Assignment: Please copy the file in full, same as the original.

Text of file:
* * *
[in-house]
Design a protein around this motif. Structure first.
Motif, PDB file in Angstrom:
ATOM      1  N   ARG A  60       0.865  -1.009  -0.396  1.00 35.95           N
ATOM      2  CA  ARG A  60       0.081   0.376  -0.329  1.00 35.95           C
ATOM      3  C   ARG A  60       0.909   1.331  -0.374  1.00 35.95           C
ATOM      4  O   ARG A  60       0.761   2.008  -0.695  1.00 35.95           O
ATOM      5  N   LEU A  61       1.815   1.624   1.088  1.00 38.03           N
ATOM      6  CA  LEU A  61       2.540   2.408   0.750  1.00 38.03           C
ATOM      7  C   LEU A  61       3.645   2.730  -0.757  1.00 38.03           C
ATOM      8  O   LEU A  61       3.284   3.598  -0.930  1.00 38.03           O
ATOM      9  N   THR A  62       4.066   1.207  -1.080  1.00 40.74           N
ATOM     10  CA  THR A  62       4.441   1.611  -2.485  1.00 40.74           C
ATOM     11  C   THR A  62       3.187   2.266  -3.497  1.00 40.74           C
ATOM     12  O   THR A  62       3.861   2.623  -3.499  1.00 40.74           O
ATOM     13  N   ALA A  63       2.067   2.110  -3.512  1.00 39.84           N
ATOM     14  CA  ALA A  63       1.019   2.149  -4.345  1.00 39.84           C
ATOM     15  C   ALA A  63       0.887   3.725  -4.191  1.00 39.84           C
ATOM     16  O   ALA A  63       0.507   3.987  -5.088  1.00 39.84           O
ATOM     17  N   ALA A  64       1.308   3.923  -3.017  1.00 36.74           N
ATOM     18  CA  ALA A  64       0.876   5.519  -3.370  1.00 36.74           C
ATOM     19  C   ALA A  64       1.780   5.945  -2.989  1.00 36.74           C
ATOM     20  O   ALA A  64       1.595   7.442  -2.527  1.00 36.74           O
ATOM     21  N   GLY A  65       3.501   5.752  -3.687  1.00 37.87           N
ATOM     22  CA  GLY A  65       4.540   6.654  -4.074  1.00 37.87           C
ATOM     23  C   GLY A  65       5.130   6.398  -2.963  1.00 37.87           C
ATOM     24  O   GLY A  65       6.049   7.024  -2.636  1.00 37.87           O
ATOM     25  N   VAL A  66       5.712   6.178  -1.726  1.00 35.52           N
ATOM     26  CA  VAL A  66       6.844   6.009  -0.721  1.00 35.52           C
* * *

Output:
[in-house]
Design a protein around this motif. Structure first.
Motif, PDB file in Angstrom:
ATOM      1  N   ARG A  60       0.865  -1.009  -0.396  1.00 35.95           N
ATOM      2  CA  ARG A  60       0.081   0.376  -0.329  1.00 35.95           C
ATOM      3  C   ARG A  60       0.909   1.331  -0.374  1.00 35.95           C
ATOM      4  O   ARG A  60       0.761   2.008  -0.695  1.00 35.95           O
ATOM      5  N   LEU A  61       1.815   1.624   1.088  1.00 38.03           N
ATOM      6  CA  LEU A  61       2.540   2.408   0.750  1.00 38.03           C
ATOM      7  C   LEU A  61       3.645   2.730  -0.757  1.00 38.03           C
ATOM      8  O   LEU A  61       3.284   3.598  -0.930  1.00 38.03           O
ATOM      9  N   THR A  62       4.066   1.207  -1.080  1.00 40.74           N
ATOM     10  CA  THR A  62       4.441   1.611  -2.485  1.00 40.74           C
ATOM     11  C   THR A  62       3.187   2.266  -3.497  1.00 40.74           C
ATOM     12  O   THR A  62       3.861   2.623  -3.499  1.00 40.74           O
ATOM     13  N   ALA A  63       2.067   2.110  -3.512  1.00 39.84           N
ATOM     14  CA  ALA A  63       1.019   2.149  -4.345  1.00 39.84           C
ATOM     15  C   ALA A  63       0.887   3.725  -4.191  1.00 39.84           C
ATOM     16  O   ALA A  63       0.507   3.987  -5.088  1.00 39.84           O
ATOM     17  N   ALA A  64       1.308   3.923  -3.017  1.00 36.74           N
ATOM     18  CA  ALA A  64       0.876   5.519  -3.370  1.00 36.74           C
ATOM     19  C   ALA A  64       1.780   5.945  -2.989  1.00 36.74           C
ATOM     20  O   ALA A  64       1.595   7.442  -2.527  1.00 36.74           O
ATOM     21  N   GLY A  65       3.501   5.752  -3.687  1.00 37.87           N
ATOM     22  CA  GLY A  65       4.540   6.654  -4.074  1.00 37.87           C
ATOM     23  C   GLY A  65       5.130   6.398  -2.963  1.00 37.87           C
ATOM     24  O   GLY A  65       6.049   7.024  -2.636  1.00 37.87           O
ATOM     25  N   VAL A  66       5.712   6.178  -1.726  1.00 35.52           N
ATOM     26  CA  VAL A  66       6.844   6.009  -0.721  1.00 35.52           C